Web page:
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Brit and Aussie expats warned: The dangers of working in the UAE are just as great when working for your countrymen

Blog post   •   Oct 11, 2017 11:17 BST

Western owned businesses accused of descending into racism and other workplace practices illegal in their home countries

Dubai. It sounds like a dream come true, with high tax free wages, glamorous lifestyle and non-stop parties. Indeed Dubai lures over 20,000 Brits and 7,000 Aussies a year to pack up and head to the Middle East.

Sure, they know the risks. Gay people had better keep quiet or they face harsh punishment ranging from jail to even the death penalty. Not married to your girlfriend? Then sex is illegal and also mandates at least jail, with the possibility of the death penalty. The UAE is one of 13 countries in the world that still punishes atheism with death. You had better not insult the UAE, be rude to somebody, “like” an unregistered charity on Facebook or get drunk in the wrong place or you are looking at punishments ranging from jail to execution.

The list goes on and the dangers are great, but we rationalise. “It’s their country, we’ll live by their rules,” cry the expats, and with the glint of tax free earnings in their eye, they put the risks out of their mind.

The perils at work are significant too, although not as publicised. For entrepreneurs wanting to set up a company in this rich market, by law they have to have an Emirati business partner. There are countless documented cases of the local partner filing trumped up charges against their foreign partners and blackmailing them for money, or even stealing the business from under them. One of the most famous being Dr Haddad, a Londoner reported to have had KM Holding (a company valued at around $1/2 billion stolen from him by the Royal Family. His business partner allegedly texted him one day, telling him to sell his half of the company for a pittance or he would go to jail. Haddad thought it was a joke until a series of incredible events led to a famous lawyer defrauding him of his half of the company and gifting it to the Royal family.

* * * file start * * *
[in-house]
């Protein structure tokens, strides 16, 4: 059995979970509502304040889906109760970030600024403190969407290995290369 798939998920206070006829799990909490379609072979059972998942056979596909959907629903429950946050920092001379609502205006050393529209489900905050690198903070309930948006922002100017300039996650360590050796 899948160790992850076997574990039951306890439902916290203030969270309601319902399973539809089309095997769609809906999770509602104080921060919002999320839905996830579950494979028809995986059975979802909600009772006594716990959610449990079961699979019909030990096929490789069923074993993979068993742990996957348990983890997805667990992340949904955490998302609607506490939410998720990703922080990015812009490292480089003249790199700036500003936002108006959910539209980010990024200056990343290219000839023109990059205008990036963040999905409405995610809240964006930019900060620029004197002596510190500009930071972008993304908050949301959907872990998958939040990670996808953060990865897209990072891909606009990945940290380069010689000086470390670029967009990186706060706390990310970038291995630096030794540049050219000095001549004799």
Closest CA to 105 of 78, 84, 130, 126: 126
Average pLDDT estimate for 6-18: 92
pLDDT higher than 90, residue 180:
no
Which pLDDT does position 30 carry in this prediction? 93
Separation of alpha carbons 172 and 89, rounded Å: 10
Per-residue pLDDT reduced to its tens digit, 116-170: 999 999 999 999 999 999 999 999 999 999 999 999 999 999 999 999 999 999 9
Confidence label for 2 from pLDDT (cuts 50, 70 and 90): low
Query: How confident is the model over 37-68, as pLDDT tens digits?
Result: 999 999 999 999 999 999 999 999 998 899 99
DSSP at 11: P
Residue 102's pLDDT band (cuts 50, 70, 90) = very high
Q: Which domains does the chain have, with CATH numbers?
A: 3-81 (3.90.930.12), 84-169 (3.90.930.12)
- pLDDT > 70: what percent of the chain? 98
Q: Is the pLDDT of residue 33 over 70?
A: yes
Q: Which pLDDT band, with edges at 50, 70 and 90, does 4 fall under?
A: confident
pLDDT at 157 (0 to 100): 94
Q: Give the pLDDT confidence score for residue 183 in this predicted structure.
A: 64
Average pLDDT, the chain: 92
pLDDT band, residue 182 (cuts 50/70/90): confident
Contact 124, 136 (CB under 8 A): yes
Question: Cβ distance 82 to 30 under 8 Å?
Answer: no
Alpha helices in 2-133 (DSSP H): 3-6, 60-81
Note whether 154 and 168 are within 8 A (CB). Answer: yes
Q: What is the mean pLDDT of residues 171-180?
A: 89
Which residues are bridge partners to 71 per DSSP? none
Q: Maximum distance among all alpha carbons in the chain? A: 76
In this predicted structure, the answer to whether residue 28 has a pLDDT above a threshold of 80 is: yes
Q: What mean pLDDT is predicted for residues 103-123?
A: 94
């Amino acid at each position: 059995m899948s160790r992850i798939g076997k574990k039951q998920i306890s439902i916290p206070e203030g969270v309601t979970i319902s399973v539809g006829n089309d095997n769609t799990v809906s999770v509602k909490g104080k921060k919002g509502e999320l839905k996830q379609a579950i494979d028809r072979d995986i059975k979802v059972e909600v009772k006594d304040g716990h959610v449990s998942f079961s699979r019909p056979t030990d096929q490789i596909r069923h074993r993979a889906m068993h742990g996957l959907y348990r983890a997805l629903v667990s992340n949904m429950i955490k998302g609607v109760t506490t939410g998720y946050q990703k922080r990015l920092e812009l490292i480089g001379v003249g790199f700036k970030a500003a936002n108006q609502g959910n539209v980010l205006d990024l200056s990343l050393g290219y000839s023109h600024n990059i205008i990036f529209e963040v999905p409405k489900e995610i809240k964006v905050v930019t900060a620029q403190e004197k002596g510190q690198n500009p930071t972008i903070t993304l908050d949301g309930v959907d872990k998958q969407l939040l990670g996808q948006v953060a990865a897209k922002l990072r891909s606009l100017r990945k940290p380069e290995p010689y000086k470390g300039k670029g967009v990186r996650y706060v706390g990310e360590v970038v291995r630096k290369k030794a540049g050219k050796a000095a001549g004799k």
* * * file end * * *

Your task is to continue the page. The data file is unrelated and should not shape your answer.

But surely you can be careful who you associate with? Can’t you avoid trouble by being careful who you do business with and who you work for?

The short answer is 'not really.' British and Australian businessmen who one might expect to know better due to their background in maturely regulated business environments, have no problem taking advantage of the lack of oversight.

Harry (name changed) was head of Digital Sales, then Event Sales for a Dubai based media company. Despite the facade of respectability, the company was steeped in a culture of racism and behaviour that would land them jail terms in the UK.

“When I was offered the job I was elated,” Harry tells us. “It was owned and run by English businessmen and they seemed honest and friendly. The wages were good and the office seemed to have a healthy culture.

“It was only a week or so in that the cracks started to appear. The MD turned out to have a mercurial temper, he loved to shout at and belittle people to confirm his authority.

“This isn’t the end of the world, I mean who hasn’t had to put up with a mean spirited boss? But it was only the start. Racism for example is rife in the UAE, but this was one area where I believed English senior management would set an example.”